Tech Schools Reopen in Rangoon and Mandalay
By Lawi Weng 15 August 2012
Institutes of Technology will reopen in Burma’s two biggest cities of Rangoon and Mandalay after being closed by the junta government 24 years ago.
The state-run Myanma Alin newspaper reported on Sunday that the Institute of Technology in Rangoon will accept 250 students this year while the Mandalay school will accept 50.
The government will release application forms around the second week of September with prospective students requiring 450 marks at their grand ten university entrance exam to be accepted.
Nyi Hla Nge, the former head of civil engineering at Rangoon Institute of Technology, told The Irrawaddy on Tuesday that additional help will be provided from institutions in the United States, Australia, Japan and Thailand.
“Foreign universities have come and talked to us already about it,” he said. “Our glory days will come back soon.”
Ko Ko, a former student at Rangoon Institute of Technology, said, “I am very glad to hear that it will reopen as we are currently worried about our education system.”
Rangoon Institute of Technology was an especially renowned institute which once offered some of the best education in Southeast Asia. But its reputation faded after the military regime closed all universities and colleges in Burma in 1996, with a few allowed to reopen in 1999.
Burmese academics have long criticized the military junta for not wanting students to be educated as they would learn to oppose the regime.
Thein Htut, a computer engineer in Mandalay who studied at the city’s Institute of Technology, said, “We could especially see that the regime did not want students to be educated after the 1988 students uprising.”
He added that he welcomes the recent announcement that the institutes would be accepting students again. “It is better to do something than nothing. But it might take more time to develop model education,” said Thein Htut.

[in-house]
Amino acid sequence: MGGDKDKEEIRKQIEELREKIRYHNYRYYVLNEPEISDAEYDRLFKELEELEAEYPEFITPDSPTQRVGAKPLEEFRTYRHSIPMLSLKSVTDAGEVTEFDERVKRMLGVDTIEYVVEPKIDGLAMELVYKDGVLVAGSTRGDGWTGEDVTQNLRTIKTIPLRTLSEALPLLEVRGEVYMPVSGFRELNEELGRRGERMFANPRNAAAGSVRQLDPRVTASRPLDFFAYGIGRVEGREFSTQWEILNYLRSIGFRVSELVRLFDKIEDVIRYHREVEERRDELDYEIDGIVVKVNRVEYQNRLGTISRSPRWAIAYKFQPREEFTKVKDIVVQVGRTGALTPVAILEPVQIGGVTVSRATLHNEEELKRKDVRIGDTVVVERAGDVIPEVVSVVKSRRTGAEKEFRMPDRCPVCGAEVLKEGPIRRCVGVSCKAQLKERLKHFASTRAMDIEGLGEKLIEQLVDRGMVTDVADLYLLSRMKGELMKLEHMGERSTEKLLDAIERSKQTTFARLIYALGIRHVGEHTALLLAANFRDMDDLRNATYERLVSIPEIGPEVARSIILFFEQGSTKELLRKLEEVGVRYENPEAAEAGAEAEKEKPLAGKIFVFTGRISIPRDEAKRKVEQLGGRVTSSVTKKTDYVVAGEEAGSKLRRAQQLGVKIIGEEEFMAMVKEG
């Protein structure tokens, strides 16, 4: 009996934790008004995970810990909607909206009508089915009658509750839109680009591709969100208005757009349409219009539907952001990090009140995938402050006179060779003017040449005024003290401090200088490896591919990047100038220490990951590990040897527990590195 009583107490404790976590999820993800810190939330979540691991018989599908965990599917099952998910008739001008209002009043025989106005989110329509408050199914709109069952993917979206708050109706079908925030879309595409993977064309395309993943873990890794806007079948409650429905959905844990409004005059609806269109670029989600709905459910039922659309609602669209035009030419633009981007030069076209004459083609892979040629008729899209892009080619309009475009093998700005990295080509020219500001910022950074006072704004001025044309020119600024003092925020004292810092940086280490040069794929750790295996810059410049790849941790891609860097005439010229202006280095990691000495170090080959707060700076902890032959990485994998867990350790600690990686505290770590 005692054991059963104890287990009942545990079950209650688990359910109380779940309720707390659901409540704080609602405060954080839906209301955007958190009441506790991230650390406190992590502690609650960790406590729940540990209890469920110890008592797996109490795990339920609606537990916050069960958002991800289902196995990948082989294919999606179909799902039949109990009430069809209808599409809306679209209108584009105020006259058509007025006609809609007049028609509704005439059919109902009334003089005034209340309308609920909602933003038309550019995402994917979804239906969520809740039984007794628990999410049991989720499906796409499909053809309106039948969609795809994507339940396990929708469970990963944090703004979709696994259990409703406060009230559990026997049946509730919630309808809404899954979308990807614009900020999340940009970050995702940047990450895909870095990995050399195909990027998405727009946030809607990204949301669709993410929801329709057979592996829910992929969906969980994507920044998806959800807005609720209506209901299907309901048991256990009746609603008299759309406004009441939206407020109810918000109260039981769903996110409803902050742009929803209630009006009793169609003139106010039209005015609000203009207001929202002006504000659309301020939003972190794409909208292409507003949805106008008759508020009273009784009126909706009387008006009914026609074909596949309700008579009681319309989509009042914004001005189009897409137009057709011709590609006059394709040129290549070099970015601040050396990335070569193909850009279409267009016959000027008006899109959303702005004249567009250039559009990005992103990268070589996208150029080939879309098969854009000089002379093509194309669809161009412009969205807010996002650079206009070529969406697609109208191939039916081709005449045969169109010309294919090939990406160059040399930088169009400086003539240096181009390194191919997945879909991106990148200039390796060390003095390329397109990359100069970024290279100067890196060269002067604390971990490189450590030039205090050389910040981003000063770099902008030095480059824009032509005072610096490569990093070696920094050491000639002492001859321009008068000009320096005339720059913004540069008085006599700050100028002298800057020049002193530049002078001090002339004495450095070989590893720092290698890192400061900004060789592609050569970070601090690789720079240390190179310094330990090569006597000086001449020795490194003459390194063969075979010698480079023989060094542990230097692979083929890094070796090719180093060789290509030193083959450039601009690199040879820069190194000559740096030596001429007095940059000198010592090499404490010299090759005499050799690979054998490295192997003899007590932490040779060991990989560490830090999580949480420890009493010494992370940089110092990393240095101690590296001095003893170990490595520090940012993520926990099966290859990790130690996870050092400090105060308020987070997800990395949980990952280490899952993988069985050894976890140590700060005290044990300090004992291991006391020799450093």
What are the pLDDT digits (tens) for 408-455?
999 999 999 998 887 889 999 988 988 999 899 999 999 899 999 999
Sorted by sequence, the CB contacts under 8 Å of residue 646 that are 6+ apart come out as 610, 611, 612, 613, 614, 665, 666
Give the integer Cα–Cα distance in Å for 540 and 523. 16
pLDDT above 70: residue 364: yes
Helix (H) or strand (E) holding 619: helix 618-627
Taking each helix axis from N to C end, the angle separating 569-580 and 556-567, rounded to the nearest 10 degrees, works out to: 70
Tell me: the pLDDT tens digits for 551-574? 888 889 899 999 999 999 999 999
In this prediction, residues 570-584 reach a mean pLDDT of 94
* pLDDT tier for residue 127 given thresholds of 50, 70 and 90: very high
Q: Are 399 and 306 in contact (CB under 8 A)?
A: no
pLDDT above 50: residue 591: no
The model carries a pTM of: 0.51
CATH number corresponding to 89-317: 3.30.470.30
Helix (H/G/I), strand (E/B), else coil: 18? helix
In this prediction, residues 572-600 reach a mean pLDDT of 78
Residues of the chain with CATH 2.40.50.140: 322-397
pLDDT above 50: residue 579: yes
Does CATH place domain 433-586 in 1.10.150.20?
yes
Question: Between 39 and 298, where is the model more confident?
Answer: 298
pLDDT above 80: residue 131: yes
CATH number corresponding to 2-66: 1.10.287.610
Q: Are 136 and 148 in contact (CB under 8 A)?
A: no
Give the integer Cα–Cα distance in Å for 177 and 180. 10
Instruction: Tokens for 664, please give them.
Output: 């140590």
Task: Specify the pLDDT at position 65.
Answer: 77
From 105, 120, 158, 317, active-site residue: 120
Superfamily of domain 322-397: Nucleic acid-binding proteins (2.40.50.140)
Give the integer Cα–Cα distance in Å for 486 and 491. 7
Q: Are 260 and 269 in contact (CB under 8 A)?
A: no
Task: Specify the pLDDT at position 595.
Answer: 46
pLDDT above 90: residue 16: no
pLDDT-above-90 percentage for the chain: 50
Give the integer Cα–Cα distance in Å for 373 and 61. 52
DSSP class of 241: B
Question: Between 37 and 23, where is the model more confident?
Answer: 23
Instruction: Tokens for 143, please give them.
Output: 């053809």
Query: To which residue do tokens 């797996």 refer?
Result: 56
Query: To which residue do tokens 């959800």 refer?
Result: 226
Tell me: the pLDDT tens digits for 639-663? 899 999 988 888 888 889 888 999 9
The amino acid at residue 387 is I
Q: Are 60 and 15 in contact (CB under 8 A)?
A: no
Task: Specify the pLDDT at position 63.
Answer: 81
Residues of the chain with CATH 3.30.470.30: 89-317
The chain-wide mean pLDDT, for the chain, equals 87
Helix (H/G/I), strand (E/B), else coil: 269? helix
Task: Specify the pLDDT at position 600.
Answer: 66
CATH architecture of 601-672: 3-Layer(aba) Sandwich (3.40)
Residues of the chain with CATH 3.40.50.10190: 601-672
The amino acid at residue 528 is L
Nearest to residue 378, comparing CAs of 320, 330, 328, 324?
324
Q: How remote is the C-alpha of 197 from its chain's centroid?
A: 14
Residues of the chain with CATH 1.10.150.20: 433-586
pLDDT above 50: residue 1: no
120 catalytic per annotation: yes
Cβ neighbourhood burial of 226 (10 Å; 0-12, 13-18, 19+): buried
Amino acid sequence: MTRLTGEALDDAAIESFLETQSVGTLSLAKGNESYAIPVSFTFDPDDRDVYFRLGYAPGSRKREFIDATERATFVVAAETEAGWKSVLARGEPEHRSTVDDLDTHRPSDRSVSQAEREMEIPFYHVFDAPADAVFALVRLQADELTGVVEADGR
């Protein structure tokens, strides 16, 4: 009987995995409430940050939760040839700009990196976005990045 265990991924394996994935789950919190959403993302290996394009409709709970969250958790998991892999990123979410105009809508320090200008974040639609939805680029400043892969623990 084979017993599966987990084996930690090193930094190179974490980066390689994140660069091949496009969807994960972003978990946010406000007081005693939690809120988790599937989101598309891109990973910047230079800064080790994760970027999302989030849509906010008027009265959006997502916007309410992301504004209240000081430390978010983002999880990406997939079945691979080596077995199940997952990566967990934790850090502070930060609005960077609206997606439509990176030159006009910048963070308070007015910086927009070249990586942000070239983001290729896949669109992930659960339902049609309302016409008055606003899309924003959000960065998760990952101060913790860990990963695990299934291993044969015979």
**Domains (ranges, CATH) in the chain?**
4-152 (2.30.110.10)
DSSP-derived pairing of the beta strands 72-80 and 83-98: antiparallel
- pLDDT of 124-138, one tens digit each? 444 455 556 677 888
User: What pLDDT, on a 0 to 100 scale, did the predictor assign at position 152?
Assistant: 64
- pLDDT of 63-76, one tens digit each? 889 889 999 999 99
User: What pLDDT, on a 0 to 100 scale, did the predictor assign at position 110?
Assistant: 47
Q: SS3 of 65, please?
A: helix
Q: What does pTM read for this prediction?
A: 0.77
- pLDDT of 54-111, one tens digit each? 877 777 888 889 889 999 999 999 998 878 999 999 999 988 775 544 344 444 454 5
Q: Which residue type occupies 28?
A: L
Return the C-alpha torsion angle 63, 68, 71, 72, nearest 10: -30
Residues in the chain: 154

“Anyway, this is just the first step. We might have to work hard to meet international standards of education, especially for capacity-building training to current teachers so they can teach the students properly.”
Science and Technology Minister Aye Myint hosted a meeting with teachers from the two institutes in Naypyidaw on Monday and said that the government would initially open these universities before others as both still had good infrastructure.
Although universities in Burma may struggle to reach international standards at first, it was hoped they could compare favorably with similar institutions in Asean in the next five years, according to a statement.
“The age of model education for engineering in the country will restart again,” said Ko Ko. “It is good that we get back our former decent education because we thought we had lost it. But we need to work hard in order to produce benefits from this.”
Burmese academics said they crave a learning environment like the past when visiting professors from Russia and other foreign countries would be invited to teach students, and a lot of top class engineers were produced in the country.
A memorandum of understanding has been signed with Thailand to promote educational cooperation and students hope that this first step will help boost the skills of Burmese teachers.
The curriculum at the two institutes will be based on international standards, according to the government statement, with students taking six years to earn a degree. Professors will be former university teachers and even Burmese academics who studied abroad.
On Aug. 1, MPs from Burma’s Lower House of Parliament discussed the issue of university education in the country. Burmese opposition leader Aung San Suu Kyi said she wanted free university education out of government control to promote diversity and unfettered learning.
There are currently around 170 universities in Burma which come under the control of the Ministries of Education, Health or Science and Technology, depending on the subjects taught. The Burmese schools system suffered greatly under the former military junta.